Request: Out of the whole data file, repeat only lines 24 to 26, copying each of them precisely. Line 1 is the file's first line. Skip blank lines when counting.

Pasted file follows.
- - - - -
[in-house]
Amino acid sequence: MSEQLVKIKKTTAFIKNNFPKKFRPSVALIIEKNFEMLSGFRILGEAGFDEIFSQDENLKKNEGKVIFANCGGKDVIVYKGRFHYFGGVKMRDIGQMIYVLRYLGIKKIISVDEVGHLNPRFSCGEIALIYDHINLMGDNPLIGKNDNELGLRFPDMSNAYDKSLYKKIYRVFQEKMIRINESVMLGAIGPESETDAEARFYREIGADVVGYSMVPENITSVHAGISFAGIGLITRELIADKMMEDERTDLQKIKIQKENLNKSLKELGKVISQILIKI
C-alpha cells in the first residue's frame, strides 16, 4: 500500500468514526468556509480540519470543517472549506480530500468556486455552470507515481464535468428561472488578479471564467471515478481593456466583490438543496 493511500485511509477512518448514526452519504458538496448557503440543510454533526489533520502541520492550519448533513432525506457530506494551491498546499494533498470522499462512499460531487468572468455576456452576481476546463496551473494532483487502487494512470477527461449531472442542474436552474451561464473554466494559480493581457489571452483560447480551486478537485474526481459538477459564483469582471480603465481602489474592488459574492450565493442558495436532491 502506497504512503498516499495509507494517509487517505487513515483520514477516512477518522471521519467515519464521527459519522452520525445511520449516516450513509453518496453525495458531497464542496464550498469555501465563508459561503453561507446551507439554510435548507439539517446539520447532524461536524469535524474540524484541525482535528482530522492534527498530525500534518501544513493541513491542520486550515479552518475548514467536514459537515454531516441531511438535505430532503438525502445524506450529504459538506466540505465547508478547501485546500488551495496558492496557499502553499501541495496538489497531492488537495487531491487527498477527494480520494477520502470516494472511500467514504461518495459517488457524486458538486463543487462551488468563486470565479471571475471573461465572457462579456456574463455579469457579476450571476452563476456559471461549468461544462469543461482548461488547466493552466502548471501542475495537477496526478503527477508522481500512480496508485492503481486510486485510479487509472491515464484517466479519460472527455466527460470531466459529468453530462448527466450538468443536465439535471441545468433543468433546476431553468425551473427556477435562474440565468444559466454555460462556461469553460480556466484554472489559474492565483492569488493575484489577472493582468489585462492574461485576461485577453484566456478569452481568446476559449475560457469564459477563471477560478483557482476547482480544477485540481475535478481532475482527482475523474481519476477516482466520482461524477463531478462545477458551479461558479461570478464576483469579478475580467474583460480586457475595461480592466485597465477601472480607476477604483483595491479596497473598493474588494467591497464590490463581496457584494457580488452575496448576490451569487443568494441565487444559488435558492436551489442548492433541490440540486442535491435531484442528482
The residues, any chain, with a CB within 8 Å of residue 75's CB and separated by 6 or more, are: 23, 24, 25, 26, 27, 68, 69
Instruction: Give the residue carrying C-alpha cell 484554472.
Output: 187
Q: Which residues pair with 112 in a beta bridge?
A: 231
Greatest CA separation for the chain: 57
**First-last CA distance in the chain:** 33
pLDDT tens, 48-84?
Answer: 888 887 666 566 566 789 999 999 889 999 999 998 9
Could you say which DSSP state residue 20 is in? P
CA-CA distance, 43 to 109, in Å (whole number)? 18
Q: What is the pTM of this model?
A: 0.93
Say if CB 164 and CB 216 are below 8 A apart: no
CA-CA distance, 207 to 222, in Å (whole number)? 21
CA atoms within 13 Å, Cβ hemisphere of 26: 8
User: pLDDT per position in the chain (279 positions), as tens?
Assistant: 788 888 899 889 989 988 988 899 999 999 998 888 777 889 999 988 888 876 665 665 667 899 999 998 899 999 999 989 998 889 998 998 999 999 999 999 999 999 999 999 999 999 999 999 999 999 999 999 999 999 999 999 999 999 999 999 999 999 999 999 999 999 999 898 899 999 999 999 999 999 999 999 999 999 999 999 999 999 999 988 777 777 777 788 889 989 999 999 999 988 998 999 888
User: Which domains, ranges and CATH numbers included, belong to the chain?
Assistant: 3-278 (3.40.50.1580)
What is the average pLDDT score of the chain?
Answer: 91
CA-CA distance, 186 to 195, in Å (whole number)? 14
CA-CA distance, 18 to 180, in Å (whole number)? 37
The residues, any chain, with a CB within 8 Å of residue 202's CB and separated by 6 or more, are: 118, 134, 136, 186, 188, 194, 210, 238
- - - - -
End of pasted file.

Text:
What is the average pLDDT score of the chain?
Answer: 91
CA-CA distance, 186 to 195, in Å (whole number)? 14